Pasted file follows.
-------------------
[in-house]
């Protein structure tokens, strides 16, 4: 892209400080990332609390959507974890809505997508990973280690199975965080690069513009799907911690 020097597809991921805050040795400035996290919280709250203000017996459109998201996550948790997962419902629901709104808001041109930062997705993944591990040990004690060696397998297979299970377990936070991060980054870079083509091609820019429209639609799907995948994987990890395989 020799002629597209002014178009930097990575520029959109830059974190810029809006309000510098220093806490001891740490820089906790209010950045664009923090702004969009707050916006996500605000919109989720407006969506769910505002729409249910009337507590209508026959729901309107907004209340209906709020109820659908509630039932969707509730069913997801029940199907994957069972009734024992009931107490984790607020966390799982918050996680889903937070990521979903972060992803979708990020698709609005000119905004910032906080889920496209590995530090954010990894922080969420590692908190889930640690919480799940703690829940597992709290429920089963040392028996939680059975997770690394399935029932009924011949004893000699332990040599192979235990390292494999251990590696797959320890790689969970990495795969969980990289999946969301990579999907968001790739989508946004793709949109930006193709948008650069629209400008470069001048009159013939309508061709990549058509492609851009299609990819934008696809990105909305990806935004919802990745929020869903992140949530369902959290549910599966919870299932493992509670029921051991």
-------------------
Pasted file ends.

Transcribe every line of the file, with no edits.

[in-house]
């Protein structure tokens, strides 16, 4: 892209400080990332609390959507974890809505997508990973280690199975965080690069513009799907911690 020097597809991921805050040795400035996290919280709250203000017996459109998201996550948790997962419902629901709104808001041109930062997705993944591990040990004690060696397998297979299970377990936070991060980054870079083509091609820019429209639609799907995948994987990890395989 020799002629597209002014178009930097990575520029959109830059974190810029809006309000510098220093806490001891740490820089906790209010950045664009923090702004969009707050916006996500605000919109989720407006969506769910505002729409249910009337507590209508026959729901309107907004209340209906709020109820659908509630039932969707509730069913997801029940199907994957069972009734024992009931107490984790607020966390799982918050996680889903937070990521979903972060992803979708990020698709609005000119905004910032906080889920496209590995530090954010990894922080969420590692908190889930640690919480799940703690829940597992709290429920089963040392028996939680059975997770690394399935029932009924011949004893000699332990040599192979235990390292494999251990590696797959320890790689969970990495795969969980990289999946969301990579999907968001790739989508946004793709949109930006193709948008650069629209400008470069001048009159013939309508061709990549058509492609851009299609990819934008696809990105909305990806935004919802990745929020869903992140949530369902959290549910599966919870299932493992509670029921051991």